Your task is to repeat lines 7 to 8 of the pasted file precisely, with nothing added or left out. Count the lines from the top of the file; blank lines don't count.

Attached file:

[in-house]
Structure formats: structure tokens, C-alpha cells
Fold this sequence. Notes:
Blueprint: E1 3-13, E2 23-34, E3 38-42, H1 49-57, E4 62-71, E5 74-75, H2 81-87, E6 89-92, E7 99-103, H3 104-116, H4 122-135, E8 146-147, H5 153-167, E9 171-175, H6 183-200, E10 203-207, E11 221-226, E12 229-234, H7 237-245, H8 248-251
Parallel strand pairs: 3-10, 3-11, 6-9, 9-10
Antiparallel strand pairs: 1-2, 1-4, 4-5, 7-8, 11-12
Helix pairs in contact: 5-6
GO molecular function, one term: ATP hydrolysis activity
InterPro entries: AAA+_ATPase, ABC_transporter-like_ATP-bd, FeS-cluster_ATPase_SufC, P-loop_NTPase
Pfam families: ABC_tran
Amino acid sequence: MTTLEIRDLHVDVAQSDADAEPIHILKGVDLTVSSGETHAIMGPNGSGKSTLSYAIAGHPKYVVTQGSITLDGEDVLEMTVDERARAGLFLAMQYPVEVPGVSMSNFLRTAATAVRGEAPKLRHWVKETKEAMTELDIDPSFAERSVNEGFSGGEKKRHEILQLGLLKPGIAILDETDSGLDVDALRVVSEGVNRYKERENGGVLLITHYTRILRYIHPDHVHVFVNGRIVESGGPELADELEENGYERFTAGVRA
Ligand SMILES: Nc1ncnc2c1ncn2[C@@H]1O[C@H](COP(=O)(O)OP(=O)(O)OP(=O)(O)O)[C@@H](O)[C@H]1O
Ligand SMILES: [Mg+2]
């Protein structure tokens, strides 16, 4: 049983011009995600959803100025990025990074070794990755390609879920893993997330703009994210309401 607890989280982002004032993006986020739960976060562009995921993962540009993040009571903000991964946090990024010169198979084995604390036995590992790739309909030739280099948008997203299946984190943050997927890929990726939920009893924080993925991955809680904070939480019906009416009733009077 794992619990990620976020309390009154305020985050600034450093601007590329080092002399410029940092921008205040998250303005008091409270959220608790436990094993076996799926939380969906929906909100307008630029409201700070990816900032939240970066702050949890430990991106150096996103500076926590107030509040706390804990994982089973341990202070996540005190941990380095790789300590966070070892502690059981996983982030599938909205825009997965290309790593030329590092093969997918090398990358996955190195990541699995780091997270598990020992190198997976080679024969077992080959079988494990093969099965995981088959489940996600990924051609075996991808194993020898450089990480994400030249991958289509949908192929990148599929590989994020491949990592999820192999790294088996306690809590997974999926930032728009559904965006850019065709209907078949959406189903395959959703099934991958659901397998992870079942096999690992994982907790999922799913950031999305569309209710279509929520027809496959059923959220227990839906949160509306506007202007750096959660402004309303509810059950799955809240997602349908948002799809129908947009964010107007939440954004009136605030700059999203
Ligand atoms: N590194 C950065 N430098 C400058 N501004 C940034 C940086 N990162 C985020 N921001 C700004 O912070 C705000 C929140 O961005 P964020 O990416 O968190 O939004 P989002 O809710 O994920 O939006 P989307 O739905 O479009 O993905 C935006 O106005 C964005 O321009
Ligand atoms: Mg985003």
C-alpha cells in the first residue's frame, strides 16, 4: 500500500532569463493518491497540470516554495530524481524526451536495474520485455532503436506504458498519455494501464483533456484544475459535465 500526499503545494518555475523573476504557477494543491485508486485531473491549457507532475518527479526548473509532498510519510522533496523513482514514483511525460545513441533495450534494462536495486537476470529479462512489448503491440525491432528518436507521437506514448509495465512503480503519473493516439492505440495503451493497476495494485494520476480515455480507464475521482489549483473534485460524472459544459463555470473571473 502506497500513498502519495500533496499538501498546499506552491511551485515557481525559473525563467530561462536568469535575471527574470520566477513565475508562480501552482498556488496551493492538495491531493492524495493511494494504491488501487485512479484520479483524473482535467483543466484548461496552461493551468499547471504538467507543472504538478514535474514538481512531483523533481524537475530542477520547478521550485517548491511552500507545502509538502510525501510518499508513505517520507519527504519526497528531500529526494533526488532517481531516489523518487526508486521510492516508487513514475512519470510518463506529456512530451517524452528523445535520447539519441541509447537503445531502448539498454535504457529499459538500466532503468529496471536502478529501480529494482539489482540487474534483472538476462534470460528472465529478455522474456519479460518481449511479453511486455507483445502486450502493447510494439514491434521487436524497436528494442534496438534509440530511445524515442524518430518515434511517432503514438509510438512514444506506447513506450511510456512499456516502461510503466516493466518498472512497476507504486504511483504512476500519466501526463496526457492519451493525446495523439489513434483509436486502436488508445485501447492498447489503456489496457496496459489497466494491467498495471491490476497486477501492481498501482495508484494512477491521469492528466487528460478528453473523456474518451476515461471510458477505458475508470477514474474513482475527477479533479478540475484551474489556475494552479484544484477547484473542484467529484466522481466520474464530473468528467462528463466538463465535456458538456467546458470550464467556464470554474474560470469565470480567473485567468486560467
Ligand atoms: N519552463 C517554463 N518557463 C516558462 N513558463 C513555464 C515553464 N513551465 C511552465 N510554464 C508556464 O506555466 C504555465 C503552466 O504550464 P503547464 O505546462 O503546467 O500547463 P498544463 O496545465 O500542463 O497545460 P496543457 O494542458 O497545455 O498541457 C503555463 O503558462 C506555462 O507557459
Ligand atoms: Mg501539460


Helix pairs in contact: 5-6
GO molecular function, one term: ATP hydrolysis activity